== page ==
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  1. #11

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    Quote Originally Posted by brian steinberger View Post
    You can leave the R72 on the lens and simply dial in compensation. When you're past +2 simply change the ISO dial to add the extra compensation necessary.
    Yeah, that's what I do now and was trying to avoid.

    FYI: I currently shoot between ISO 6 and 25, so that doesn't leave a lot of flexibility.

  2. #12
    brian steinberger's Avatar
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    Well not much other option other than handheld metering and applying the filter factor. I'd stick with rangefinders though for IR work. They're great cause you can leave the filter on the lens and not worry about looking through it when composing.

  3. #13

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    yes, when I put a filter on first time, I forgot to adjust exposure combination and got under exposure film.

  4. #14
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    Nope, nor the Fuji equivalent. The metering cell is located next to the RF. I was really hoping it was as that would have been perfect.
    Indeed, no TTL but very acurate.

  5. #15
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    Quote Originally Posted by hpulley View Post
    But the SLR MF cameras use TTL focusing and metering so why not rangefinders? The RB67 (and I think RZ67) keeps the leaf shutter open while you're composing the picture and with the AE finder it uses the light through the lens to meter. When you press the shutter button it closes the shutter, lifts the light baffle and mirror, opens the shutter for duration of exposure, closes shutter. This is slower and more complicated than cameras which simply leave the shutter closed until you need it but it is possible for SLRs so it should be possible for RF as well.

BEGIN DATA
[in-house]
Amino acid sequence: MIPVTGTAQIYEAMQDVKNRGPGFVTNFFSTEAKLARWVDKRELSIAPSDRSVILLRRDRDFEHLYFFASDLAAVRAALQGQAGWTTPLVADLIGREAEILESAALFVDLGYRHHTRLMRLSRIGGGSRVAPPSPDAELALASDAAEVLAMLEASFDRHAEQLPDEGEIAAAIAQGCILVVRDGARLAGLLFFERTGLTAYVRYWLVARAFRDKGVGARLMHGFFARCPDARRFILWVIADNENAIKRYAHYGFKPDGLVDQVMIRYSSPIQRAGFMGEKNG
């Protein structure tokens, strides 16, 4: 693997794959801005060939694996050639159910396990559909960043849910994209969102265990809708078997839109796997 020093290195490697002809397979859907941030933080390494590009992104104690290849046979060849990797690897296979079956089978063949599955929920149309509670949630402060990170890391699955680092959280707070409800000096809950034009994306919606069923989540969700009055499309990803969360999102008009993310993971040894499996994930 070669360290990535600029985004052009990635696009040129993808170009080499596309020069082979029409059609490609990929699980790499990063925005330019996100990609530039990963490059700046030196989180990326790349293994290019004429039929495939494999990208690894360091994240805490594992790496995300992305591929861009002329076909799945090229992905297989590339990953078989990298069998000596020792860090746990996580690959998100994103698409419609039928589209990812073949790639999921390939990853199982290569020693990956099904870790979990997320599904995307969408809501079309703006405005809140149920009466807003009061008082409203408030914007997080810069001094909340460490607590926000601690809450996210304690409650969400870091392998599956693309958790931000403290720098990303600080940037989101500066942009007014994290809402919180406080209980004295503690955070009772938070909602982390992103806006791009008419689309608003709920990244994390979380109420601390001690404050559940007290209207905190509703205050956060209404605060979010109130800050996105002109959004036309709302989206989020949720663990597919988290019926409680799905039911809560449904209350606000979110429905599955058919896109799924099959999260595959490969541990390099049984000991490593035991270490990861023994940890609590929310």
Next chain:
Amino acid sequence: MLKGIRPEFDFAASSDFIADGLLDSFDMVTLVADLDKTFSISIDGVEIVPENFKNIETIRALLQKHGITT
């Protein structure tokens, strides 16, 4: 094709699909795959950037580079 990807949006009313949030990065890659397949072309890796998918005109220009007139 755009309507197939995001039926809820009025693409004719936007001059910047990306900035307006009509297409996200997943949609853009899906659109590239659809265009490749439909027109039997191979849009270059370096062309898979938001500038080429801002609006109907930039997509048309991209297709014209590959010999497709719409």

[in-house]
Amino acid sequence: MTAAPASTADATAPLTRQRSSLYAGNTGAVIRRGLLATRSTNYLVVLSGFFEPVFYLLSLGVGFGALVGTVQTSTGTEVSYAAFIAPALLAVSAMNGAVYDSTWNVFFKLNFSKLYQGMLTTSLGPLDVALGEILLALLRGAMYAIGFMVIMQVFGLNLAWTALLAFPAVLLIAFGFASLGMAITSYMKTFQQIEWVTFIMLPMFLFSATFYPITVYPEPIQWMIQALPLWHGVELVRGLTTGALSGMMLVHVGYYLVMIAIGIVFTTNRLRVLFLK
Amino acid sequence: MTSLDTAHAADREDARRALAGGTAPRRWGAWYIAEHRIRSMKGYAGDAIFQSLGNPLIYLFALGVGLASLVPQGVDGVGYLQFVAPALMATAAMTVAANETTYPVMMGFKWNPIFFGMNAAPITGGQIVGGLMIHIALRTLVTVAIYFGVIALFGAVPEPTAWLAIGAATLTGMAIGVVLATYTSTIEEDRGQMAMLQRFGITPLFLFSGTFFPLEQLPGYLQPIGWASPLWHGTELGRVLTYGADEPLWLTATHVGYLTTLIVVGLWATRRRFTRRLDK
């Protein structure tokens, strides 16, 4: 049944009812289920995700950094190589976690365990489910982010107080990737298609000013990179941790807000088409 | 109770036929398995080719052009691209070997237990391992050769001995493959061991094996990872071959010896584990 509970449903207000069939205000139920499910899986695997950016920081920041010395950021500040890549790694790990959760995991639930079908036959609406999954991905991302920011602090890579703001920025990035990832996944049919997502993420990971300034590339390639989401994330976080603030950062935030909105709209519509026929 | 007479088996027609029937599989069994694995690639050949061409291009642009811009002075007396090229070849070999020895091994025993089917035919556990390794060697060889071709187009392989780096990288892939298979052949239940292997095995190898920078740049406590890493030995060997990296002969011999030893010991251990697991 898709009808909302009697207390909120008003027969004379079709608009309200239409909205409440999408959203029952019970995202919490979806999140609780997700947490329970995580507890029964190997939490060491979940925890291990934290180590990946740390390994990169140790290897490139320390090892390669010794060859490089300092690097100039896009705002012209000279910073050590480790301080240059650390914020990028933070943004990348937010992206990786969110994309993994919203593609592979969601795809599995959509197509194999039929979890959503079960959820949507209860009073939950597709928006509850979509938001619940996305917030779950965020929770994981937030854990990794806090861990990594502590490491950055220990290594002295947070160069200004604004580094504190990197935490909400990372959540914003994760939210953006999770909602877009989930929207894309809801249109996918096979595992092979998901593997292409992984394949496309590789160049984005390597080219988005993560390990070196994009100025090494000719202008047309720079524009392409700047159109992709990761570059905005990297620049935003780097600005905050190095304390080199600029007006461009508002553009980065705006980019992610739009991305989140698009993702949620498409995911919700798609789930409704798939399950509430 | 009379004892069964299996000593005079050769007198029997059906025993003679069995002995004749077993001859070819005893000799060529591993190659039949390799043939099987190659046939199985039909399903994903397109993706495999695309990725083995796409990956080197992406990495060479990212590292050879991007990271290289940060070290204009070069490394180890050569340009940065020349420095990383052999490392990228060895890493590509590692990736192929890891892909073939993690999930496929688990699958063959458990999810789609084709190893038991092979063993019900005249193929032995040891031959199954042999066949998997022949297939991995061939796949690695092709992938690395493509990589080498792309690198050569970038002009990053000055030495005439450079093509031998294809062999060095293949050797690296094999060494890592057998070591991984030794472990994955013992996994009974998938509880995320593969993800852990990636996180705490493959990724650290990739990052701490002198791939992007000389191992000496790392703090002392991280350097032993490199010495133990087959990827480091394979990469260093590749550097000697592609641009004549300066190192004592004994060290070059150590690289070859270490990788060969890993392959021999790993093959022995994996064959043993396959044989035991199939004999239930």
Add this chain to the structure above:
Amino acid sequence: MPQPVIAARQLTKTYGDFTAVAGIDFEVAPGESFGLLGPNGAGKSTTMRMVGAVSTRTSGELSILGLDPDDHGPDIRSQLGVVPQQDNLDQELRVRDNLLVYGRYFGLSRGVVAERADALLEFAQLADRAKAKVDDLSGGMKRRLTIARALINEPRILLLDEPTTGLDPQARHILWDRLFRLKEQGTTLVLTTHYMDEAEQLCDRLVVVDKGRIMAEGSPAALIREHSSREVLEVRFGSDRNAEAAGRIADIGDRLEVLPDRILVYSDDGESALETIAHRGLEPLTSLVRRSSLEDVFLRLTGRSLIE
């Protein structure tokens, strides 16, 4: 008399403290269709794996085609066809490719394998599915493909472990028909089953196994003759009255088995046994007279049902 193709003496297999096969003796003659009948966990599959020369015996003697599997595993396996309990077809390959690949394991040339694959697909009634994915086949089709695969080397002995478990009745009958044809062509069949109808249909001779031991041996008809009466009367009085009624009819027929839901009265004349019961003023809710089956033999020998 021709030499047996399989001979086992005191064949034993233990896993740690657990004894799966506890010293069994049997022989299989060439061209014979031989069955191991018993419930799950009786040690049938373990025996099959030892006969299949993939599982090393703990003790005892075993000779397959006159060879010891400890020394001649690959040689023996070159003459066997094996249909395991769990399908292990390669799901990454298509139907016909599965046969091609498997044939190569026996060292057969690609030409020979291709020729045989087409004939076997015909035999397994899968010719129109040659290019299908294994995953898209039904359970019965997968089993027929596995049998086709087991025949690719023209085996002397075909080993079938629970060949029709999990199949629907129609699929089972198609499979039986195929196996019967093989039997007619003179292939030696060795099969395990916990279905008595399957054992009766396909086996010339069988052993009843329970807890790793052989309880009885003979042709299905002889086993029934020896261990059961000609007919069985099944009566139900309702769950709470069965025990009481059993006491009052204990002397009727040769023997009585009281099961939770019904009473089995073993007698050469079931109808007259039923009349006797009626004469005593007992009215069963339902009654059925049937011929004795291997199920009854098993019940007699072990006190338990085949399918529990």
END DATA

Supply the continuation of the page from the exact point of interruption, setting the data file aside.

No problem if they have a focal plane shutter. With a leaf shutter some sort of light baffle would be needed, like leaf shutter SLR's have behind the mirror. Could be done, no doubt.
    I do use a digital device in my photographic pursuits when necessary.
    When someone rags on me for using film, I use a middle digit, upraised.

  6. #16

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    Right -- designing TTL metering for a camera with a leaf shutter adds unnecessary complexity and cost.

    With an SLR -- even one with a leaf shutter -- you can add TTL metering, because the mirror often is part of a light-blocking baffle. When the shutter release is pressed, the shutter closes, the mirror raises, the lens stops down and the shutter is released -- all within a short period.

    With a leaf shutter-equipped rangefinder, there is no baffle in front of the film, so you would have to add a blind. Then when you advance the film, it tensions and opens the shutter and brings the blind into place. The aperture can simply close down as needed. When you press the release, the shutter must close, the blind must move swiftly out of the way and the shutter can then release.